It is the third French occupation in Mainz, which ultimately leads to the first German democracy: after the fall of the French King Louis XVI and the proclamation of the French Republic in August 1792, revolutionary troops advanced further and further east. In October, in the name of the "Crusade for the Freedom of Europe", the troops finally stood outside the gates of Mainz. The Elector had long since fled and the fortress of Mainz was vastly understaffed. The fortress surrendered without a fight, opened its gates, and French troops, led by General Custine, entered the city.
Mainz was now the centre of political and military action for France in order to penetrate areas on the right bank of the Rhine. The occupiers did not want to be perceived as conquerors or oppressors, but rather as liberators. Just a few days after the conquest, the first Jacobin clubs were founded and liberty poles were erected. Although the ideals of the French Revolution found supporters in the region, the French were disappointed by the continuing inertia of the "liberated" as early as November 1792. Instead of the originally promised self-determination of the territory, French democracy was now forcibly introduced.
On 24 February 1793 the elections for the so-called "Rheinisch-Deutschen Nationalkonvent" took place. About a month later, the first democratically elected people's representation met for its constituent session in the Mainzer Deutschhaus (today's seat of the parliament of Rhineland Palatinate). Anton Joseph Hofmann was elected President of the Convention and Georg Forster his deputy.
But the Republic of Mainz only existed for a short time. The German sovereigns wanted to recapture the city. In March 1793, a German army of 44,000 men had completely encircled Mainz. In June they started bombardment and caused devastating fires and destruction within the city walls. About a month later, on 22 and 23 July 1793, the French capitulated and handed the city over to the besiegers. The French left the city shortly afterwards, ending the Republic of Mainz just as abruptly as it had begun - by conquest.
It took only a few years until the French (this time Napoleonic troops) invaded Mainz again. The Treatyof Campo Formio (17 October 1797) awarded the left bank of the Rhine to the French. Mainz became the capital of the Mont-Tonnerre department and the Deutschhaus became the seat of the department administration.
In 1804 Napoleon was crowned "Emperor of the French" and in the same year he visited Mainz for the first time. The city had a high value for Napoleon, especially as a military fortress.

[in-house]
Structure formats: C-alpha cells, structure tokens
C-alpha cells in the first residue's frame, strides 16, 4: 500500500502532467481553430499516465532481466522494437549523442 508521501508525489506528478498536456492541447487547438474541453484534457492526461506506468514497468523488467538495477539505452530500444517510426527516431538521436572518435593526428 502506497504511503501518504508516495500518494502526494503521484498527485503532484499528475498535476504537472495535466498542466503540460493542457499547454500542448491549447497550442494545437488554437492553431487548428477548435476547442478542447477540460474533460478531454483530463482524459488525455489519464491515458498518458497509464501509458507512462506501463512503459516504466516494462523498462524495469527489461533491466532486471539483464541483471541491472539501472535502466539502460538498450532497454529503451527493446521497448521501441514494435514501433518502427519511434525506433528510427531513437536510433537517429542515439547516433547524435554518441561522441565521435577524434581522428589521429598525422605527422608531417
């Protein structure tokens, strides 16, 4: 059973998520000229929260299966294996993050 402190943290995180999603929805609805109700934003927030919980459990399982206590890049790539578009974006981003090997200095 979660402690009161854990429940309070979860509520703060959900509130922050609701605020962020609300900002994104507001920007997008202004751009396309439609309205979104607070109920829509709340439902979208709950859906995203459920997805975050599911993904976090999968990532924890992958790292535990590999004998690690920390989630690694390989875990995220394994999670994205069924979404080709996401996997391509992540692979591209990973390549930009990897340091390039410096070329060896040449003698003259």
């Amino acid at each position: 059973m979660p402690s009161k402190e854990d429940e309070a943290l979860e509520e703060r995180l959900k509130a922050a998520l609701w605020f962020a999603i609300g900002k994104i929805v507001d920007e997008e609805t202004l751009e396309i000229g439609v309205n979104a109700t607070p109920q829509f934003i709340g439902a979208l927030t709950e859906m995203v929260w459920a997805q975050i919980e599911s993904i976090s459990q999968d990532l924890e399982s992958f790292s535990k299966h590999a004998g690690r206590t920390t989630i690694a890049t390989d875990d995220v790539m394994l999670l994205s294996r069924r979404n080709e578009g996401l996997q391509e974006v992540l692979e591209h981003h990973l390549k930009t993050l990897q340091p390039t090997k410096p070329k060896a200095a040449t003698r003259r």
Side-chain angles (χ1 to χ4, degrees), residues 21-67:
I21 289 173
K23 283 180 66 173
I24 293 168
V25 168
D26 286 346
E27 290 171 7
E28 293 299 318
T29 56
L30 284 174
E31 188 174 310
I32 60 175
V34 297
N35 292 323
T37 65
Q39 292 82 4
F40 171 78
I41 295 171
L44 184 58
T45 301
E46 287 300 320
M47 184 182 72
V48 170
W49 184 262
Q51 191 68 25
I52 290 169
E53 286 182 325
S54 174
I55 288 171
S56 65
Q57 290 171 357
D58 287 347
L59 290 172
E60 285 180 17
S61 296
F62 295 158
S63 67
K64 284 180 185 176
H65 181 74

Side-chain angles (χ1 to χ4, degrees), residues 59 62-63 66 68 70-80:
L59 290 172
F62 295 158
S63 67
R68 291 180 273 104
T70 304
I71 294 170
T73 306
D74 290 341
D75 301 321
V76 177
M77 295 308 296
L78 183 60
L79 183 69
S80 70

In a decree, he even counted "Mayence" among the 36 most important cities in France. During his ten-year reign, the emperor stayed nine times in the departmental capital. During his visits he always resided in the Deutschhaus, which particularly appealed to Empress Marie-Louise. Napoleon later had it equipped as an imperial palace and even planned to connect it to the electoral palace by means of extensions. But this was not the only building project that the emperor had in mind for Mainz. Mainz was not only to be of military use, but also to have a representative character and to demonstrate the progressiveness of the French "Grand Empire". A boulevard, the "Grande Rue Napoléon", was built for parades and other representative purposes. This street still exists today under the name "Ludwigsstraße". The planned development could not be completed at that time. Today, only one building from this period has been partially preserved: the corner building at “Gutenberg Platz 1”. Further plans by Napoleon could not be implemented either. According to a decision of 1804, the emperor had planned, for example, a Gutenberg monument and a theatre. Both exist today, but were only erected after the French period and in a modified form.
In 1809 Napoleon also immortalised himself in Mainz Cathedral. Still today, the big bell, which he donated to the city and had marked with the inscription "Napoleon the Great", rings there.
After his defeat in the Battle of Leipzig, Napoleon resided in Mainz for the final time in November 1813. Shortly thereafter, the French were expelled from the region. They left Mainz on 4 May 1814.
At the following Congress of Vienna (September 1814 - 9 June 1815) Europe was reorganised. In a subsequent treaty between Prussia, Austria, and Hesse, Mainz was assigned to the Grand Duchy of Hesse-Darmstadt in 1816 and became the capital of the newly created province of Rhine Hesse as well as the fortress of the German Confederation.
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